President Joe Biden, in Michigan to tout his Build Back Better agenda, is taking action "too little, too late" to salvage his infrastructure and social spending bills, Rep. Blaine Luetkemeyer, R-Mo., told Newsmax on Tuesday.
"Everybody was telling him this isn't going to work," Luetkemeyer said on Newsmax's "National Report." "I can tell you from talking with Democrats last week before we left, they were not happy with what's going on. They're being kept out of the process.
"I think even the president, to a certain extent, was out of the process last week. So it's interesting to see him engaged at this point."
Biden on Monday told progressive Democrats that the $3.5 trillion reconciliation bill would need to be dropped to between $1.9 trillion and $2.2 trillion so that it will be approved by party moderates.
Luetkemeyer told Newsmax that even if the bill's price tag is dropped, that doesn't mean the social education and other programs will be removed from the legislation.
"What they are going to do is just drop down the numbers on the programs but they will be trying to keep as many programs as possible, believing and hoping that down the road, those programs will continue and we will have to fund them at some point," he said. "This is why you have got to put a dagger in hard to this program right off the bat. Stop it right now, and that's what we're hoping to do be able to do."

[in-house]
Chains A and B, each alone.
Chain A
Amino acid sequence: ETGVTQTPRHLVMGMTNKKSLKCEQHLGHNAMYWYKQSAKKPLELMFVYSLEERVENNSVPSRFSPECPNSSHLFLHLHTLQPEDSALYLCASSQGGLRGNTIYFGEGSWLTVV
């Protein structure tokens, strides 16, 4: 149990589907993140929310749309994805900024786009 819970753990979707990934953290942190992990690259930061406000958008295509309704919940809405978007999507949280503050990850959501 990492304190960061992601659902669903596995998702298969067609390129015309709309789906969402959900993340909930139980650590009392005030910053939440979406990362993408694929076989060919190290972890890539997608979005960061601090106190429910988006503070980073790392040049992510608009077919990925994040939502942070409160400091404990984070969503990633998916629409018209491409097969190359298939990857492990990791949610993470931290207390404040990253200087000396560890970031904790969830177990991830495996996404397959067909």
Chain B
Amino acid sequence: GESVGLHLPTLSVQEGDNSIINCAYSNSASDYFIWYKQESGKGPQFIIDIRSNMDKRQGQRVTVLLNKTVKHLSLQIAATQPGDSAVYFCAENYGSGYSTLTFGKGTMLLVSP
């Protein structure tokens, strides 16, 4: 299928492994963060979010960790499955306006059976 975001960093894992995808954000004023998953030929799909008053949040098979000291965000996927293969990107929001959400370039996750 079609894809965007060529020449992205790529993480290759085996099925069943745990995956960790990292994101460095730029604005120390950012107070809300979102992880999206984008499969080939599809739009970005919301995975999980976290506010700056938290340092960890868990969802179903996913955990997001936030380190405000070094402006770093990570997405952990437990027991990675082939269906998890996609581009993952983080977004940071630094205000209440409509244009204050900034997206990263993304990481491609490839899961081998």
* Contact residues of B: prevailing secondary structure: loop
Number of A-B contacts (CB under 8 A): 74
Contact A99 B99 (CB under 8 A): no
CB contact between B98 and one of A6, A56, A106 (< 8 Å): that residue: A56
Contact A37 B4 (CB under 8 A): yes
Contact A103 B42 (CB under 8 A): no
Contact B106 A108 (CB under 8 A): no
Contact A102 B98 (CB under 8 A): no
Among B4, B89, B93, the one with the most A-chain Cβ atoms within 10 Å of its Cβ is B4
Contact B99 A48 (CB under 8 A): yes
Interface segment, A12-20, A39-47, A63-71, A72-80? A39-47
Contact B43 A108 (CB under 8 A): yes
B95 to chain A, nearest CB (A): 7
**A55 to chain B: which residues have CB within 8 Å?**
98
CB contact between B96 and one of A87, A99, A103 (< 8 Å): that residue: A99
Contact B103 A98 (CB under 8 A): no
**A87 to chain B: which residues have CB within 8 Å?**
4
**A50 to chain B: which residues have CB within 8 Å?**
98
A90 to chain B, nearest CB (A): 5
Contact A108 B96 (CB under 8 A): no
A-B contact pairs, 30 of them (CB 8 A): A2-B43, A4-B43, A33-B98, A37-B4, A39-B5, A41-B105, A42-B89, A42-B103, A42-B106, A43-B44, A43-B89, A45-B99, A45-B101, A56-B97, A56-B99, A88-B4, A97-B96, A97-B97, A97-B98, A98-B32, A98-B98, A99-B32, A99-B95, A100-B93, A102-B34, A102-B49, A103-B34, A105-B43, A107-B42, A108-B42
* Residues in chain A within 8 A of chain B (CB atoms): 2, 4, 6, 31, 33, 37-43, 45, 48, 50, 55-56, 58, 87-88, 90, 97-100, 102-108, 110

Even if the price tag drops, the bill will be funded through increased taxes, and that is a "nonstarter" for Republicans," Luetkemeyer said.
"These are new programs that we don't need," he said. "We've got a lot of issues right now in this country we need to be addressing. We don't need to do it with higher taxes we don't need to with adding more programs with more cost to the federal government."
Democrats are seeing the spending bill as an "opportunity of a lifetime" to get to enact their "new socialist agenda, to get us down the road toward more socialism," Luetkemeyer said.
Meanwhile, Biden on Monday pressed Republican lawmakers to "get out of the way" and allow Democrats to increase the debt limit. Luetkemeyer said the president blamed the GOP for the national debt crisis because Democrats want a "blank check."
"This was a blank check for them to write this $3.5 trillion bill and fund it," Luetkemeyer said. "This isn't about funding the existing debt and ongoing expenses of government. This is about funding additional debt and additional programs. They want us to join them, to be able to go out here and institute socialism into our government in an even greater style."
Republican votes are needed to raise the debt ceiling, but the party's lawmakers will never vote for that, Luetkemeyer added.
"Good luck, Mr. President," Luetkemeyer said. "You haven't allowed us to participate in any single bill of major consequence yet in this administration for the first nine months and now you want us to help you pass a debt limit which basically institutionalizes all the socialist programs and wish lists for the last several years you haven't been able to get through? I don't think so."
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